2. Houston Rockets receive Montrezl Harrell
The idea of a P.J. Tucker for Montrezl Harrell swap caused quite a stir on social media on Thursday. Many began questioning why the Lakers would make such a move, as the 27-year-old Harrell is younger than the 35-year-old Tucker and is perceived as a much better overall player than Tucker.
Upon taking a deeper dive into the specifics of Harrell’s fit and contract with the Lakers, it’s not as far-fetched as one would imagine. For starters, Harrell signed a team-friendly contract in 2020, which was a two-year deal worth $18 million, with a player option after 2020-21, which he will certainly decline, in favor of free agency.
Under Harrell’s original deal, he’s slated to make just $9.7 million in 2021-22, which is much lower than what he can land in free agency. Lakers GM Rob Pelinka knows that Harrell is essentially a one-year rental, and with the season halfway over, it’s time to re-evaluate the fit with Harrell.
The 2019-20 Sixth Man of the Year brings energy and immense offensive production off of the second unit, but he’s not a closer, in any stretch of the imagination, and his weaknesses on the defensive end would make it difficult for the Lakers in the postseason, not to mention the fact that Harrell hasn’t exactly performed well in the playoffs.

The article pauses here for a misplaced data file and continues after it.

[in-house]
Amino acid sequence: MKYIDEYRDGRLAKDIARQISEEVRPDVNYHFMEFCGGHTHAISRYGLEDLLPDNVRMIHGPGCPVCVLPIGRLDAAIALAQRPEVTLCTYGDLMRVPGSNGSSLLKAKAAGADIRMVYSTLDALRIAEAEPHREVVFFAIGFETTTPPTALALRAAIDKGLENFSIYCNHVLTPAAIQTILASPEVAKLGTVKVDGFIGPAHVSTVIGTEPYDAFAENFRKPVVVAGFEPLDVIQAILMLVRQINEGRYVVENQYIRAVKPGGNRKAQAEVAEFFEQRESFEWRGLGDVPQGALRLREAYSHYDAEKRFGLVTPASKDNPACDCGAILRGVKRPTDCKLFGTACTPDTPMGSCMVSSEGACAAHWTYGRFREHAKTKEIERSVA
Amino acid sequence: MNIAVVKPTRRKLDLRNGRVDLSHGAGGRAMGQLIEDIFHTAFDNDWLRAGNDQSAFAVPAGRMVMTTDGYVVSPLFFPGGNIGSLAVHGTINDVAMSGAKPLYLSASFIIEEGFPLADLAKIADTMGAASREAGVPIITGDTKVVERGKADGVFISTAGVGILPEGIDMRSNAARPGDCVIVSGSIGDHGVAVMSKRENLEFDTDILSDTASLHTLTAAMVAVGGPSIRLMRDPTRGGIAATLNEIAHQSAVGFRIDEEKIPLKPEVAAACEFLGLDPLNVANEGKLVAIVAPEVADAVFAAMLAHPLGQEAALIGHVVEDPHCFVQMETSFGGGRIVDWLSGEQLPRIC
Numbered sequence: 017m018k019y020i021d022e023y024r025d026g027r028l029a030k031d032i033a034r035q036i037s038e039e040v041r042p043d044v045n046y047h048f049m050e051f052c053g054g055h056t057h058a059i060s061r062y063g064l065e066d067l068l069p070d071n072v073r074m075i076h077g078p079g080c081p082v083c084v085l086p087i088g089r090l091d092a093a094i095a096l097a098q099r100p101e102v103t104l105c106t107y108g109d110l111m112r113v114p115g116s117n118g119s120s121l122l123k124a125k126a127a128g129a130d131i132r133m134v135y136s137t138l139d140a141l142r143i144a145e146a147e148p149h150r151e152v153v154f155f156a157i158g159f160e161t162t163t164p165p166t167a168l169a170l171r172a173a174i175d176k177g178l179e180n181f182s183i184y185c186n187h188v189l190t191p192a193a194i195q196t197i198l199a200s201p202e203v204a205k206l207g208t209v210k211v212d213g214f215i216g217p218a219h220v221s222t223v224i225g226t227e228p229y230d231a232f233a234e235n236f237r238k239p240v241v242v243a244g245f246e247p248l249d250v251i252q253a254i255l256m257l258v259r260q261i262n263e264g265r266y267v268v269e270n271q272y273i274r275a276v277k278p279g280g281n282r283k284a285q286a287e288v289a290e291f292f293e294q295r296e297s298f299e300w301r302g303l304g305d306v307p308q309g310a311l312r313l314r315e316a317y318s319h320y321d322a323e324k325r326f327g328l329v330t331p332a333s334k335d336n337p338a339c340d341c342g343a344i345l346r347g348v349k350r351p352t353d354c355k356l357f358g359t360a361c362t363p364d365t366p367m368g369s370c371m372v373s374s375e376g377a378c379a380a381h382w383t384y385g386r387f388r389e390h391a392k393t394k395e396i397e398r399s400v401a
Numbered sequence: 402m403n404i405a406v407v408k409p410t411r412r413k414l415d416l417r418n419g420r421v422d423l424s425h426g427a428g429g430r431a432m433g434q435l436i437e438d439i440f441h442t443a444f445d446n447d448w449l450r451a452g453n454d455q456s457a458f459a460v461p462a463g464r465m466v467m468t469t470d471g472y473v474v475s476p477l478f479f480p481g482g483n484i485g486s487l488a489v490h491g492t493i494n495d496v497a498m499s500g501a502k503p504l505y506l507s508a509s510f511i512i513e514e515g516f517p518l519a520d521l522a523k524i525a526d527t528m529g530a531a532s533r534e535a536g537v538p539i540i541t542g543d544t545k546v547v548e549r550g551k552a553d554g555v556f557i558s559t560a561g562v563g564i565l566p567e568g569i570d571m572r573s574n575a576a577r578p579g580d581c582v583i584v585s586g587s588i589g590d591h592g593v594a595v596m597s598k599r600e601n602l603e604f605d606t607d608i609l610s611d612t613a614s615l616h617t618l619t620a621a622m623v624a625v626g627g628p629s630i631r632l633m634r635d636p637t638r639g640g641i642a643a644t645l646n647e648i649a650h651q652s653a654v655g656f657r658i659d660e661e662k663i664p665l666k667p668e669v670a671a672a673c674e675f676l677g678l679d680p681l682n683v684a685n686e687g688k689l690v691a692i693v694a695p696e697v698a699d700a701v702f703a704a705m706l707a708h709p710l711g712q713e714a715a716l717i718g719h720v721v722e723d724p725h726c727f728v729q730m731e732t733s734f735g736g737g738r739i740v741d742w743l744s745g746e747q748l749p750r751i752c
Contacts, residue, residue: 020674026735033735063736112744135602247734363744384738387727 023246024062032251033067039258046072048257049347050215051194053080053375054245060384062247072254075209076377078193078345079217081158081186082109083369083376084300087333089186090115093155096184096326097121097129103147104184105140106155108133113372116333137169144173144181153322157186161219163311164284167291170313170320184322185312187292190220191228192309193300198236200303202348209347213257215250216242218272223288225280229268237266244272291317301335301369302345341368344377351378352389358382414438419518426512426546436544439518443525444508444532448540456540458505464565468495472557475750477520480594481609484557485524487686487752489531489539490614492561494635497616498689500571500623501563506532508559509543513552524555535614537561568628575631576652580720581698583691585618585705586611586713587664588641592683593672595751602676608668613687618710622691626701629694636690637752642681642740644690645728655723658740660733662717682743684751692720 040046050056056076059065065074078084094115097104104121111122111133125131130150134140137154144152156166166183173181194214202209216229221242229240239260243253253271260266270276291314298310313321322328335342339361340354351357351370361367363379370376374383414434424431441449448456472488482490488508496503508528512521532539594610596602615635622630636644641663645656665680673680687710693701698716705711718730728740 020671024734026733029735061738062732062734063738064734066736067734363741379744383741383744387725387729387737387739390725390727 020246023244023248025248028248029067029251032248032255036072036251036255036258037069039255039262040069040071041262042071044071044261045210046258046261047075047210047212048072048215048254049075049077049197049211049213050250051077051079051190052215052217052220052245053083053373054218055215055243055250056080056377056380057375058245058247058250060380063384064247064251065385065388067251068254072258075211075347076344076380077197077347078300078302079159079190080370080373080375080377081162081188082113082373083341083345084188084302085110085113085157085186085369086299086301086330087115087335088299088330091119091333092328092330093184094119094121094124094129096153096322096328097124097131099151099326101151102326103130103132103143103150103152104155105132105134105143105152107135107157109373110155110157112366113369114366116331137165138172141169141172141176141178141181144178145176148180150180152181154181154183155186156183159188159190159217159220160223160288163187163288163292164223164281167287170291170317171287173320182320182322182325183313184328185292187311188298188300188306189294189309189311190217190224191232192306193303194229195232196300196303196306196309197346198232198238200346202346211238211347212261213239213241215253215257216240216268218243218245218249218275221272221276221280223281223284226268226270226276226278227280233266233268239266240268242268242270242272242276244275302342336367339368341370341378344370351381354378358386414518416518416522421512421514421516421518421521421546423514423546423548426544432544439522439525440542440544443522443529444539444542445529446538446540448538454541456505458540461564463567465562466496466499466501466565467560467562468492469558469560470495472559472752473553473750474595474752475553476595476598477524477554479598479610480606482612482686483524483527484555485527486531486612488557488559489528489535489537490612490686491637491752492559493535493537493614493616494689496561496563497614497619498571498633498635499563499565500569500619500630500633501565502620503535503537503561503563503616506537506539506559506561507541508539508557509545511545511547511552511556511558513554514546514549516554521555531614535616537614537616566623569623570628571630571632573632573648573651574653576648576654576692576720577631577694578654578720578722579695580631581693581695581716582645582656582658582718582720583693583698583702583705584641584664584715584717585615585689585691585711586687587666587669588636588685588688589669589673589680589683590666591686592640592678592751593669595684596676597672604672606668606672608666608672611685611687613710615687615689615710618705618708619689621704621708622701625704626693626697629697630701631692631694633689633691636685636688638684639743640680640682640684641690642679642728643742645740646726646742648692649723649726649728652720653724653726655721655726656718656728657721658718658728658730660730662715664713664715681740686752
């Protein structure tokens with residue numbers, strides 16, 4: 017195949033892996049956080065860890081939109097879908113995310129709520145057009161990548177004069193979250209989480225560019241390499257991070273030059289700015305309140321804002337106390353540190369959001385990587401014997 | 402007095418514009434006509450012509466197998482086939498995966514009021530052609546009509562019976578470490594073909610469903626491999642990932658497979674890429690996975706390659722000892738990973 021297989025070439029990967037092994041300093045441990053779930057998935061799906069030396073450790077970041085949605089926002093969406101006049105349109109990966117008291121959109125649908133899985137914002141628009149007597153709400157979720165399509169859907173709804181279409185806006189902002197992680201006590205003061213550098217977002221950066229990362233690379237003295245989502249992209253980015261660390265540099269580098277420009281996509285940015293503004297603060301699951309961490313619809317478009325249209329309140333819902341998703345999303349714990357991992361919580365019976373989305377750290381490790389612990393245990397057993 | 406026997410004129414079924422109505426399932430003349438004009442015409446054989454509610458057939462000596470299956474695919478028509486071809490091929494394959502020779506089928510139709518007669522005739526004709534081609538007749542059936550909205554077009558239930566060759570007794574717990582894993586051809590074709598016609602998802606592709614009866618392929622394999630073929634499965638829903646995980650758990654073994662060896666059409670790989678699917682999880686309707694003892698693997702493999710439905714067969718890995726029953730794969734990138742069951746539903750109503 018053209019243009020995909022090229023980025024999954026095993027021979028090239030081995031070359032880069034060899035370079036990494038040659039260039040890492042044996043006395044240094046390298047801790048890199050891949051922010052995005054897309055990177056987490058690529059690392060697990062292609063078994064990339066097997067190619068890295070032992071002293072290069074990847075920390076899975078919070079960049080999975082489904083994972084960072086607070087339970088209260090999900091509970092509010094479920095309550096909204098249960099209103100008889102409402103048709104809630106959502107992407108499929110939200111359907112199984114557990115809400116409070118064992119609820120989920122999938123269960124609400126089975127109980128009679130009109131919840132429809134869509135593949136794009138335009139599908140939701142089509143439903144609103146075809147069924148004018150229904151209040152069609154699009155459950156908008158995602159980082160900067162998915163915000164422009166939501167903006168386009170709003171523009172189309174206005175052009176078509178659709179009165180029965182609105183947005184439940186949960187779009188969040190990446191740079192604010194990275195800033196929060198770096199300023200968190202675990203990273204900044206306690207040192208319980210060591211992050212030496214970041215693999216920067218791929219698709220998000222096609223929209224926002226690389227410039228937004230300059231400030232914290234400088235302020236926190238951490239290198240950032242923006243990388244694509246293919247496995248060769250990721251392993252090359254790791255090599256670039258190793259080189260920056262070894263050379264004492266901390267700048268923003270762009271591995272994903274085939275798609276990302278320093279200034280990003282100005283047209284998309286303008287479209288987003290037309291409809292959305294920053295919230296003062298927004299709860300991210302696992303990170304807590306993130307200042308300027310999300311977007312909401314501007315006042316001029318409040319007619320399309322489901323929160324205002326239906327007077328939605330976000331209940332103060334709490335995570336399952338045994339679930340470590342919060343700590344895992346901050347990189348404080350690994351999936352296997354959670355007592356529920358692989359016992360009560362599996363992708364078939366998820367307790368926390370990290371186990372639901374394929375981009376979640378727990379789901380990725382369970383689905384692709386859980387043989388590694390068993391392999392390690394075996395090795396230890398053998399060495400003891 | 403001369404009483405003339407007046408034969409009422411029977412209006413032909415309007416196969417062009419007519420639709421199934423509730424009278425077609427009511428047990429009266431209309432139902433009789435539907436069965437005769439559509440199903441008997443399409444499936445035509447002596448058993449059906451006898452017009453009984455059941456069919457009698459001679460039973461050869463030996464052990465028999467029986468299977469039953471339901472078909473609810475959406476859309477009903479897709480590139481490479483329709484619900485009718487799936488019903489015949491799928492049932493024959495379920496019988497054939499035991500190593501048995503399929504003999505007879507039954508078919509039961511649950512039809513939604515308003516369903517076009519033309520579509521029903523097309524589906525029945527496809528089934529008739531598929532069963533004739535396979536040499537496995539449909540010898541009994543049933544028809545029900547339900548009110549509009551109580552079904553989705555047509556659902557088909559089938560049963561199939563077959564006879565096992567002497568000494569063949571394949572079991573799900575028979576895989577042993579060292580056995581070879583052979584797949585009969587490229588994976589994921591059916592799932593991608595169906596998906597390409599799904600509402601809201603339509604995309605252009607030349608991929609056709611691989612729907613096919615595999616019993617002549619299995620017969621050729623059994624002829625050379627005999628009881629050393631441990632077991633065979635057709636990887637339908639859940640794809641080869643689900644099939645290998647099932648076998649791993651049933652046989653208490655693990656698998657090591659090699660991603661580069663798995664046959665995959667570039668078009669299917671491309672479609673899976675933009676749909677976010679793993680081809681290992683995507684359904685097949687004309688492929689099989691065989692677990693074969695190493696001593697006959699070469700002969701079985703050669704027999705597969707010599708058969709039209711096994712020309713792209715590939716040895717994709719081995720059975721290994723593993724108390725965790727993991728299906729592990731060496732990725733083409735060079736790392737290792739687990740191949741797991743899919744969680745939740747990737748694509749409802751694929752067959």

Moving Harrell for Tucker would give the Lakers arguably the most versatile defender in the league, as Tucker is capable of switching and defending any position on the court, while also being able to play a small-ball center.
In addition, Tucker’s elite corner shooting would spell doom for opponents with LeBron James’ court vision and ability to feed him open looks offensively. As currently constructed, the Lakers will likely give Anthony Davis more minutes at the center position in the postseason, with Marc Gasol as the reserve center, leaving Harrell to fend for minutes.
The Houston Rockets could also send future draft capital to the Lakers, including a future first-round pick from the Detroit Pistons, which could turn into two second-round picks if the future protections prevent it from conveying into a first-round draft pick. The value of this pick can’t be understated, due to the Lakers’ lack of draft capital.
For the Rockets, they would own the Bird’s rights to Harrell, allowing them to go over the salary cap to meet his asking price. Acquiring Harrell is a risk that the Rockets can take, as the pick they would send is heavily protected, and they’d otherwise lose Tucker to free agency if they don’t trade him.
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